Software file sharers next to be sued in the UK

Ten internet providers have been ordered by the UK‘s high court to hand over details of 150 UK customers that have been accused of illegal software sharing. After a 12month investigation by the Federation Against Software Theft (FAST) they have now demanded customer details from ISP’s such as BT, NTL, Telewest and Tiscali.

In the next two weeks the ISP’s will be handing over names, addresses and personal details of all the file sharers to FAST. An investigator working for FAST’s Operation Tracker identified 150 people of illegally sharing copyright software.

Since almost every file sharer uses a nick name as well as a fake email address FAST had to apply to the high court to force the ISP’s to hand over the personal information. FAST said that it would be talking to crown prosecutions and police once it had the customer’s details. The director at FAST said that taking down the links will not stop the root causes of piracy as they will appear again in a matter of hours. FAST plans to make examples of copyright software sharers by taking them to court instead.

FAST accuses all 150 people of uploading or sharing copyright software online. Under the current law trafficking pirate software can attract an unlimited fine and up to 2 years in prison.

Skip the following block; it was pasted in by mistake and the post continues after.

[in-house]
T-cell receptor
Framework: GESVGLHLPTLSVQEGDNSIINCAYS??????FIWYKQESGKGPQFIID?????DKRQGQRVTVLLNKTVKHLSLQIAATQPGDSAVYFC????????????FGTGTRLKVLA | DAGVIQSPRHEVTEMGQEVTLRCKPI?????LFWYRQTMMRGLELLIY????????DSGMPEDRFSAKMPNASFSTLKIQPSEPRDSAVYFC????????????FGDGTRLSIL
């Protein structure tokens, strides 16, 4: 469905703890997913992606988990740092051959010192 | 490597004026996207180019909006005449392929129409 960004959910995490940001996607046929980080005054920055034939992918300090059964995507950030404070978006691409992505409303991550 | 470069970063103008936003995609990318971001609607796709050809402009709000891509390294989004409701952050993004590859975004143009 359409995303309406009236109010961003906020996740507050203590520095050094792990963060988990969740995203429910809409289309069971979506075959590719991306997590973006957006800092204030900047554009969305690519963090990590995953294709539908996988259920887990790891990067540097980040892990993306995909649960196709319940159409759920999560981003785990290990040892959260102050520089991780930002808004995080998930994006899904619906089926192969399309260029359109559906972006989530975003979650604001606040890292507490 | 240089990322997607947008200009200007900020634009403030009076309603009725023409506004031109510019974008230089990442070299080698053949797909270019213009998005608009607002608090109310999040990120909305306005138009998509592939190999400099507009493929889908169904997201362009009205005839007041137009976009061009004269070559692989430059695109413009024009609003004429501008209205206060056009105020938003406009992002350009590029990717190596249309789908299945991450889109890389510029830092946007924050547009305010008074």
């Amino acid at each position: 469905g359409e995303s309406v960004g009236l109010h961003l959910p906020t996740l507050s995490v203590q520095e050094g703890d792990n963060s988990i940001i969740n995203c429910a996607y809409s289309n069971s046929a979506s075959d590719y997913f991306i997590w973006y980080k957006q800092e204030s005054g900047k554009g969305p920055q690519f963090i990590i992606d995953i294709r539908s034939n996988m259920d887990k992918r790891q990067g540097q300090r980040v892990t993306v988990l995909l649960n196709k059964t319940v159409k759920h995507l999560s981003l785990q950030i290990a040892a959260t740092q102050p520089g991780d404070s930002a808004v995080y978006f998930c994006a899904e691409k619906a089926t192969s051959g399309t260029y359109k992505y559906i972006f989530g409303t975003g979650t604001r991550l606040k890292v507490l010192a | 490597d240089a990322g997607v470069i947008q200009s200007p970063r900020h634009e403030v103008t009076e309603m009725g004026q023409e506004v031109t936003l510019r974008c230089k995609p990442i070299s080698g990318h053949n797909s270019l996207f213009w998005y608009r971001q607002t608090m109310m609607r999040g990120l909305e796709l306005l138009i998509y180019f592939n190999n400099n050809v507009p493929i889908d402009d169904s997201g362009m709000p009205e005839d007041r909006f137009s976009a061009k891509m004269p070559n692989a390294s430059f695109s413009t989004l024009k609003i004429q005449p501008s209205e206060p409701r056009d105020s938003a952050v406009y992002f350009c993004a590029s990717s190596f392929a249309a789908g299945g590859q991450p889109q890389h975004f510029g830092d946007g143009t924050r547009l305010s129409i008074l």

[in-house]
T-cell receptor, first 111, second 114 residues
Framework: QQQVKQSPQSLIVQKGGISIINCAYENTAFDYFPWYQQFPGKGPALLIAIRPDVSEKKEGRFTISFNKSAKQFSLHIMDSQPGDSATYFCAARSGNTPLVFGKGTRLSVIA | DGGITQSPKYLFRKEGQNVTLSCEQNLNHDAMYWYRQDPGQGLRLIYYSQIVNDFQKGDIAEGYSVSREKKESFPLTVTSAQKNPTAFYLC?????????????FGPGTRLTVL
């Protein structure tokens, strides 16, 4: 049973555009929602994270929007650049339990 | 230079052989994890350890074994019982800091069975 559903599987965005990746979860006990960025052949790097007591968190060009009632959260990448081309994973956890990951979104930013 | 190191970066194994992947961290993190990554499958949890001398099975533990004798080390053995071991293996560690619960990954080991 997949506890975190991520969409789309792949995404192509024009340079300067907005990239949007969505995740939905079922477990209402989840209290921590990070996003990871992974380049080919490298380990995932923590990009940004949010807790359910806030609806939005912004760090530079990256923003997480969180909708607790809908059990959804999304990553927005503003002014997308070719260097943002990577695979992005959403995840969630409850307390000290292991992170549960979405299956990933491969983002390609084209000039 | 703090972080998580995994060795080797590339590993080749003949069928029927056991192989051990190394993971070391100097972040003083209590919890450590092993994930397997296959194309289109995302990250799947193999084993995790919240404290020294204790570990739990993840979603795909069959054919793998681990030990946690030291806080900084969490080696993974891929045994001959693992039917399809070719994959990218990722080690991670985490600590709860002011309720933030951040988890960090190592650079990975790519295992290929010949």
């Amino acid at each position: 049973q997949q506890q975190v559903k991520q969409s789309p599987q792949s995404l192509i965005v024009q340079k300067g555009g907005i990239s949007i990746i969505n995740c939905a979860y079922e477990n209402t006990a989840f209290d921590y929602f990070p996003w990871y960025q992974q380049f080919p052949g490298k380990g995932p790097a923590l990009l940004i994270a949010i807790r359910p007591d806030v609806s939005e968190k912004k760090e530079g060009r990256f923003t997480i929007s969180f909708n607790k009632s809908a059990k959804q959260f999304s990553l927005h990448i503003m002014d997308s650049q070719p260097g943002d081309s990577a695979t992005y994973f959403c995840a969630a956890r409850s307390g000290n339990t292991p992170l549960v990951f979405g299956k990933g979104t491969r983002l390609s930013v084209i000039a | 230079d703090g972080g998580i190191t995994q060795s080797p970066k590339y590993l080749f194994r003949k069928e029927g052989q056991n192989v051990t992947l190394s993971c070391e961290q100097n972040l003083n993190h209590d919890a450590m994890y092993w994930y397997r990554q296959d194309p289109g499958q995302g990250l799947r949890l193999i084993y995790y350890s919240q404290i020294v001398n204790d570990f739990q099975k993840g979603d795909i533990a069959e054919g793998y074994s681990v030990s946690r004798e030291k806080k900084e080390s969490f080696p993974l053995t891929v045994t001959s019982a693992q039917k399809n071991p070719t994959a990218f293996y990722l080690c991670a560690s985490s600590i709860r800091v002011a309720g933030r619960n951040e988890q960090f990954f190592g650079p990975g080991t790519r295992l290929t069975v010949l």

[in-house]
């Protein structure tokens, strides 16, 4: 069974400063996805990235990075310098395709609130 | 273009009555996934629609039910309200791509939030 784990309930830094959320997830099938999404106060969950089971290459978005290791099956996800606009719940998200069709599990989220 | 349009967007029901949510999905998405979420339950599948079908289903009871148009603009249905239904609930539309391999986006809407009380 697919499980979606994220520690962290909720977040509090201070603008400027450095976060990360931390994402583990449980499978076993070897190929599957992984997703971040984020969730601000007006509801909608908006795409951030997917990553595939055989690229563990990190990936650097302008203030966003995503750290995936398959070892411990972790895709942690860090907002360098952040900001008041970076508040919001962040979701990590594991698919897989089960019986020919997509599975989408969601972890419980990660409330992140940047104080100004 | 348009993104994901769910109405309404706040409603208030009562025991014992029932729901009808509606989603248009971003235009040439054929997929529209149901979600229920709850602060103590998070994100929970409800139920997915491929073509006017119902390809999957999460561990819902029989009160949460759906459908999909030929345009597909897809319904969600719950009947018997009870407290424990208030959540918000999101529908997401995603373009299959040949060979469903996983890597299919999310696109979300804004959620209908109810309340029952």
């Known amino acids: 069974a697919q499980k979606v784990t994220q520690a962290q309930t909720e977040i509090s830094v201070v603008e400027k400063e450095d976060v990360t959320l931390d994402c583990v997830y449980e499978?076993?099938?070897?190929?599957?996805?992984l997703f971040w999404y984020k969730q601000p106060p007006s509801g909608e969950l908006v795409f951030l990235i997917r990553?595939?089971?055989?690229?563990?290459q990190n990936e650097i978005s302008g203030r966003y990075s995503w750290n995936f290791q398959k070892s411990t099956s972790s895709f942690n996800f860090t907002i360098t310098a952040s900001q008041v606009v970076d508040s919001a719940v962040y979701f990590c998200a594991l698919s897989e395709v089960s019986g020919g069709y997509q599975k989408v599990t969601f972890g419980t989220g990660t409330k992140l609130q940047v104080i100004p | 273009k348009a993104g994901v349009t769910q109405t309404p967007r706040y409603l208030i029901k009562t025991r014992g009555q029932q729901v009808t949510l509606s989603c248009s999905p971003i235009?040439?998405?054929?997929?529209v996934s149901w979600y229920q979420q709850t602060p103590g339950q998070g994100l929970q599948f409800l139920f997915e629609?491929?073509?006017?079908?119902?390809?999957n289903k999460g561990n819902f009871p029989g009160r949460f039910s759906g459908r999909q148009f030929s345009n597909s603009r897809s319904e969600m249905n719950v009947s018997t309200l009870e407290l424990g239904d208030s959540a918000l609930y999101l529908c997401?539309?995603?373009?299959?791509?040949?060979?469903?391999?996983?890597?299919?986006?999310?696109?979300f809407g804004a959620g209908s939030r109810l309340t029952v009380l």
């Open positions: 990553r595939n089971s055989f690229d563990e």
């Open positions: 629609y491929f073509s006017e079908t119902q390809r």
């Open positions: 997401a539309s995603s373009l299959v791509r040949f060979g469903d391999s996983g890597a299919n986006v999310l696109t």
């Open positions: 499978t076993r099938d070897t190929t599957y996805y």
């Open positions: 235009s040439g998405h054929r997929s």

FAST warned that this was only the beginning and that a second wave would be coming along. FAST’s senior legal console said that they would be bringing action anytime and anywhere where they see software being illegally misused. According to the BSA a quarter of all UK software is unlicensed, copied or pirate.

LegalTen internet service providers have been ordered to hand over the details of 150 UK customers accused of illegally sharing software. The High Court order follows a 12-month covert investigation by the Federation Against Software Theft (Fast). Among the internet providers are BT, NTL, Telewest and Tiscali.

Over the next two weeks, they are expected to provide the names, addresses and other personal details of the alleged file-sharers. An undercover investigator working for Fast in a project codenamed Operation Tracker identified 150 people suspected of illegally sharing software.

Most file-sharers use false names and e-mail addresses. So the software anti-piracy group went to the High Court to force the internet providers to hand over customer details. The federation said it would approach the police and Crown Prosecution Service once it has the personal information.

“We can easily take down links, but this does not tackle the root causes of software piracy, because the links will reappear elsewhere in a matter of hours,” said John Lovelock, director general at Fast. “Instead, we plan to take action a lot further, making an example of the perpetrators to stop them from stealing and passing on the intellectual property of our members for good.”

The federation accuses the 150 individuals of breaking copyright law by uploading software and sharing it online. Penalties for the illegal communication to the public of copyrighted works, including software, can attract a maximum punishment of up to two years imprisonment and/or an unlimited fine.

Julian Heathcote Hobbins, Fast’s senior legal counsel, said the court action was “only the first wave of an ongoing strategy”. “We expect to be bringing these actions anytime and anywhere we see software being misused,” he said. According to the
anti-piracy trade group, the Business Software Alliance, about a quarter
of software used in the UK is an unlicensed, counterfeit or pirated copy.

 

Source: BBC